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Plagiarism guidelines

Plagiarism is defined as the presentation of another person's thoughts or words or artefacts or other output in such a way that they could be assumed to be your own. In any form, plagiarism is unacceptable at Birkbeck, as it interferes with the proper assessment of your academic ability. 

Another form of plagiarism is submitting work you previously submitted for another assignment. While this is obviously not the same as representing someone else’s ideas as your own, it is a form of self-plagiarism and is another form of cheating. If you want to rework a paper for an assignment, ask your lecture whether this is acceptable and then acknowledge your reworking in a preface. 

It is acceptable, in your work, to use the words and thoughts of another person or data that another person has gathered, but the borrowed material must not appear to be your creation. This includes essays, practical and research reports written by other students (including those from previous years), whether you have their permission or not. It also applies to both hard-copy and electronic material, such as internet documents.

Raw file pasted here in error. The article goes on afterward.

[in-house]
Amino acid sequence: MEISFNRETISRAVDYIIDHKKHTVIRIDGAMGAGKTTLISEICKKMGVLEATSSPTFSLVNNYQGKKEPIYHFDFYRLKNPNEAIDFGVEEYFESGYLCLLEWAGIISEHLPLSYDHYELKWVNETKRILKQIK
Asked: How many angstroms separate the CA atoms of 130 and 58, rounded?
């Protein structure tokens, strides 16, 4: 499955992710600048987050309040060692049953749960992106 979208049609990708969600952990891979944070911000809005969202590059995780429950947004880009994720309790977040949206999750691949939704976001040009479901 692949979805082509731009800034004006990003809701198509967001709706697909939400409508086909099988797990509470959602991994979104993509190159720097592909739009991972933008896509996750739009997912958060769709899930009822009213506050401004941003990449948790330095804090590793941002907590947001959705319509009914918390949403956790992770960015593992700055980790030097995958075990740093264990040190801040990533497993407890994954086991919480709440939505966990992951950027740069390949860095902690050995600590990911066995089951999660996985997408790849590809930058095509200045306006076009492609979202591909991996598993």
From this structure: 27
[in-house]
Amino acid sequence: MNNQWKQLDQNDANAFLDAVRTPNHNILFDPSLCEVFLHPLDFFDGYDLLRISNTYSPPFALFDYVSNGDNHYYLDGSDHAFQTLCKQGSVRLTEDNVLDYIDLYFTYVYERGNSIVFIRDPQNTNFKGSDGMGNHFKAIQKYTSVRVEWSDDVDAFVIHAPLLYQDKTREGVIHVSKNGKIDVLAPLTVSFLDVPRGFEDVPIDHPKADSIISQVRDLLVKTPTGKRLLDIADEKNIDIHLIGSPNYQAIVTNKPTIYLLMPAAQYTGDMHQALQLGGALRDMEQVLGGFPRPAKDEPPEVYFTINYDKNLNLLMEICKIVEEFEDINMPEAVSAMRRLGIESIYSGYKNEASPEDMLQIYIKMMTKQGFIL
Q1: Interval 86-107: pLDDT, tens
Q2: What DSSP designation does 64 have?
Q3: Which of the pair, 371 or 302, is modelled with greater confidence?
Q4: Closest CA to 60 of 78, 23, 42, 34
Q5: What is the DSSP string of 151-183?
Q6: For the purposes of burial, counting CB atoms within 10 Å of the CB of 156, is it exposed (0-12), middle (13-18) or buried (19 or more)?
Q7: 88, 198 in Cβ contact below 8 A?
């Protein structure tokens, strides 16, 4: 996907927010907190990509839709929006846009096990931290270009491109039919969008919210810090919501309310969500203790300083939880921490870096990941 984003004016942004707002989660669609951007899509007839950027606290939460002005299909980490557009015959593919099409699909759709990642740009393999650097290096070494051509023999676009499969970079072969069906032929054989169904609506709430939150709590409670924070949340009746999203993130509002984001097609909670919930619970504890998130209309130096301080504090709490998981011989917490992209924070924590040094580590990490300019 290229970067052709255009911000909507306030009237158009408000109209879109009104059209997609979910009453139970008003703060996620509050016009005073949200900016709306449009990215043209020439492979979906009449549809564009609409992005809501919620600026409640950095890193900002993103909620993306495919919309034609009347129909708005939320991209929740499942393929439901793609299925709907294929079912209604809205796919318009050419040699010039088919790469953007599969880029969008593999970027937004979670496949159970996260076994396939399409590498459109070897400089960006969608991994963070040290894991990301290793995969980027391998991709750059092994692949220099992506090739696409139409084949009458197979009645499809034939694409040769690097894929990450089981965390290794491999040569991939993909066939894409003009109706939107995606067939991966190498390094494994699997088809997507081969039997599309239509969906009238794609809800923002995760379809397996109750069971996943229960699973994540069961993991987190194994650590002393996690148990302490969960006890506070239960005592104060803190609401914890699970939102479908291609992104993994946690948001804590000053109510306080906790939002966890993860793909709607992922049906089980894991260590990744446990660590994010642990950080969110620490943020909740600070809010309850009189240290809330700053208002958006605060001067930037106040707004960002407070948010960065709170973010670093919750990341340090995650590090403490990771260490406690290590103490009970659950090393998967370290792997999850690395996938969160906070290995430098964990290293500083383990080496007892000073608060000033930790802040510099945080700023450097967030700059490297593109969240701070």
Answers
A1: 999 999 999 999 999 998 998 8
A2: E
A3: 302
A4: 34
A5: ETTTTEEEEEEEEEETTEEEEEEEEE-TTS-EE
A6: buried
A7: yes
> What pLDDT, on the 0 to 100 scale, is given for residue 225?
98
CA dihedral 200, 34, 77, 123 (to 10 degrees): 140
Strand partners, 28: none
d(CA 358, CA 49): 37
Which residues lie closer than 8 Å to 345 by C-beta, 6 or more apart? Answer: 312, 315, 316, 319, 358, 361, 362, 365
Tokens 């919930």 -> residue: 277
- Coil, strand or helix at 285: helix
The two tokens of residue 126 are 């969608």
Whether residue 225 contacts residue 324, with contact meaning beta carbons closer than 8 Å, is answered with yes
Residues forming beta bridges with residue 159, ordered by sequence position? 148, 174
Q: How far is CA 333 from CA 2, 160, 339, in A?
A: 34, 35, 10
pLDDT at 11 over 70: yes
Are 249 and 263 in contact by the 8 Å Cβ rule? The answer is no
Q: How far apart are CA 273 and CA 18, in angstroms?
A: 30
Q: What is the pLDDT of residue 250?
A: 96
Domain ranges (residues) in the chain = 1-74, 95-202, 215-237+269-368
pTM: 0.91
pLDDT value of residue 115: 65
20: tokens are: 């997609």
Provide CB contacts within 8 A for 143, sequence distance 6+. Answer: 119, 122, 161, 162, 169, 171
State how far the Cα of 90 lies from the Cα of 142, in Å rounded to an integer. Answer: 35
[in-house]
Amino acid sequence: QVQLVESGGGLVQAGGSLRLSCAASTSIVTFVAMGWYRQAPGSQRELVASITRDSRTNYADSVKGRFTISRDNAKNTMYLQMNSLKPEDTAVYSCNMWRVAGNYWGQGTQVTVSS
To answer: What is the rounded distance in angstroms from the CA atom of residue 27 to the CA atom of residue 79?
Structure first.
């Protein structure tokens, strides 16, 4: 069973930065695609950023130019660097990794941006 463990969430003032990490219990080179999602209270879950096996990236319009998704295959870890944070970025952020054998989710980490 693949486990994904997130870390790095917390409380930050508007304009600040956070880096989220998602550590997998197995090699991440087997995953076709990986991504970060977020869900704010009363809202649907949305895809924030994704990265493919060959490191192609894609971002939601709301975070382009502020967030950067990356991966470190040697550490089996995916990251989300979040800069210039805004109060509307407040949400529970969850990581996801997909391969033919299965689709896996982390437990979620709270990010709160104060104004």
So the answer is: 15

Recourse to the services of 'ghost-writing' agencies (for example in the preparation of essays or reports) or of outside word-processing agencies which offer 'correction/improvement of English' is strictly forbidden, and students who make use of the services of such agencies render themselves liable for an academic penalty.

Examples of plagiarism

Examples of plagiarism include:

  • copying someone else’s form of words 
  • paraphrasing another’s argument 
  • presenting someone else’s data or line of thinking. 

This final form of plagiarism - presenting someone else's data or line of thinking - may often be unintentional, caused by making notes from sources such as books or journals without also noting the source, and then repeating those notes in an essay without acknowledging that they are the data, words or ideas of someone else. Guard against this by keeping careful notes that distinguish between your own ideas and researched material and those you obtained from others - then acknowledge the source. 

Other examples of plagiarism

Another example of plagiarism is the verbatim copying of chunks of material from another source without acknowledgement, even when they are facts, because you are still borrowing the phrasing and the order and the idea that this is a correct and complete list. It is important to rephrase the ideas in your own words, to show that you understand them while still acknowledging the source. 

Help with avoiding plagiarism

There are a number of ways to learn more about plagiarism and how to avoid it: